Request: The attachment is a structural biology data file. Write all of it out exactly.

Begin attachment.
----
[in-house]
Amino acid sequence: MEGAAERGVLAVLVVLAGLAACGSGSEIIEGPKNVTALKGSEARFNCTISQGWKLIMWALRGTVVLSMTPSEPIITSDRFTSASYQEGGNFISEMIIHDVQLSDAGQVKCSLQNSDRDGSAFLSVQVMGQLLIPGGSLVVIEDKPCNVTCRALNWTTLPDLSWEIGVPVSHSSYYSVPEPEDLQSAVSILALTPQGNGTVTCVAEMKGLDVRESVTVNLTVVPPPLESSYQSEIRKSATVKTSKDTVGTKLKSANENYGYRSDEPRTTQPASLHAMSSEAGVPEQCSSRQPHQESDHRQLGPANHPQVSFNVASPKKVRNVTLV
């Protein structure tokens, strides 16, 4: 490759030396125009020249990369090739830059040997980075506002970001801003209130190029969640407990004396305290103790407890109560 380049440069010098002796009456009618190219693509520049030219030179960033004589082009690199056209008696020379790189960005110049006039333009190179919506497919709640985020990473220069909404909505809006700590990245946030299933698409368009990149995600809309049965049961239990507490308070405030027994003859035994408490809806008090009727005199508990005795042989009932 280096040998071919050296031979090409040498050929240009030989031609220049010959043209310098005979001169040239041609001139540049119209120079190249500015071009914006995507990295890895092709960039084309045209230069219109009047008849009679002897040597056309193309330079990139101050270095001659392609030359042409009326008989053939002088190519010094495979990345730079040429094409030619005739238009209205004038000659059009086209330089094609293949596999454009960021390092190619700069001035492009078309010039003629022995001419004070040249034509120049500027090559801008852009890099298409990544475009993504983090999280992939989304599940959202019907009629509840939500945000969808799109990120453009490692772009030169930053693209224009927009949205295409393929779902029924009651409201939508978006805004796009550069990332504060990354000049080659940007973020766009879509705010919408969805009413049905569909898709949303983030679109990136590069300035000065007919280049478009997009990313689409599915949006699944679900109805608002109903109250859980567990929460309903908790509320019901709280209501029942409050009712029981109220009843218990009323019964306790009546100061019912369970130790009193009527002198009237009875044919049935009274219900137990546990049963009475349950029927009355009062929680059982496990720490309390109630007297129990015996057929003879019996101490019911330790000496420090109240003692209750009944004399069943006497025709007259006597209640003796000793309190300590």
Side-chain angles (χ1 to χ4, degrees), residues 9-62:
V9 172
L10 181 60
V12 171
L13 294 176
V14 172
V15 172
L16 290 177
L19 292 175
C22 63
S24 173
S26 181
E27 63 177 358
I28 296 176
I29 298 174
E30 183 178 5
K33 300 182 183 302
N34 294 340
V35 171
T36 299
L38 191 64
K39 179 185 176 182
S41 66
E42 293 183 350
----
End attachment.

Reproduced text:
[in-house]
Amino acid sequence: MEGAAERGVLAVLVVLAGLAACGSGSEIIEGPKNVTALKGSEARFNCTISQGWKLIMWALRGTVVLSMTPSEPIITSDRFTSASYQEGGNFISEMIIHDVQLSDAGQVKCSLQNSDRDGSAFLSVQVMGQLLIPGGSLVVIEDKPCNVTCRALNWTTLPDLSWEIGVPVSHSSYYSVPEPEDLQSAVSILALTPQGNGTVTCVAEMKGLDVRESVTVNLTVVPPPLESSYQSEIRKSATVKTSKDTVGTKLKSANENYGYRSDEPRTTQPASLHAMSSEAGVPEQCSSRQPHQESDHRQLGPANHPQVSFNVASPKKVRNVTLV
């Protein structure tokens, strides 16, 4: 490759030396125009020249990369090739830059040997980075506002970001801003209130190029969640407990004396305290103790407890109560 380049440069010098002796009456009618190219693509520049030219030179960033004589082009690199056209008696020379790189960005110049006039333009190179919506497919709640985020990473220069909404909505809006700590990245946030299933698409368009990149995600809309049965049961239990507490308070405030027994003859035994408490809806008090009727005199508990005795042989009932 280096040998071919050296031979090409040498050929240009030989031609220049010959043209310098005979001169040239041609001139540049119209120079190249500015071009914006995507990295890895092709960039084309045209230069219109009047008849009679002897040597056309193309330079990139101050270095001659392609030359042409009326008989053939002088190519010094495979990345730079040429094409030619005739238009209205004038000659059009086209330089094609293949596999454009960021390092190619700069001035492009078309010039003629022995001419004070040249034509120049500027090559801008852009890099298409990544475009993504983090999280992939989304599940959202019907009629509840939500945000969808799109990120453009490692772009030169930053693209224009927009949205295409393929779902029924009651409201939508978006805004796009550069990332504060990354000049080659940007973020766009879509705010919408969805009413049905569909898709949303983030679109990136590069300035000065007919280049478009997009990313689409599915949006699944679900109805608002109903109250859980567990929460309903908790509320019901709280209501029942409050009712029981109220009843218990009323019964306790009546100061019912369970130790009193009527002198009237009875044919049935009274219900137990546990049963009475349950029927009355009062929680059982496990720490309390109630007297129990015996057929003879019996101490019911330790000496420090109240003692209750009944004399069943006497025709007259006597209640003796000793309190300590």
Side-chain angles (χ1 to χ4, degrees), residues 9-62:
V9 172
L10 181 60
V12 171
L13 294 176
V14 172
V15 172
L16 290 177
L19 292 175
C22 63
S24 173
S26 181
E27 63 177 358
I28 296 176
I29 298 174
E30 183 178 5
K33 300 182 183 302
N34 294 340
V35 171
T36 299
L38 191 64
K39 179 185 176 182
S41 66
E42 293 183 350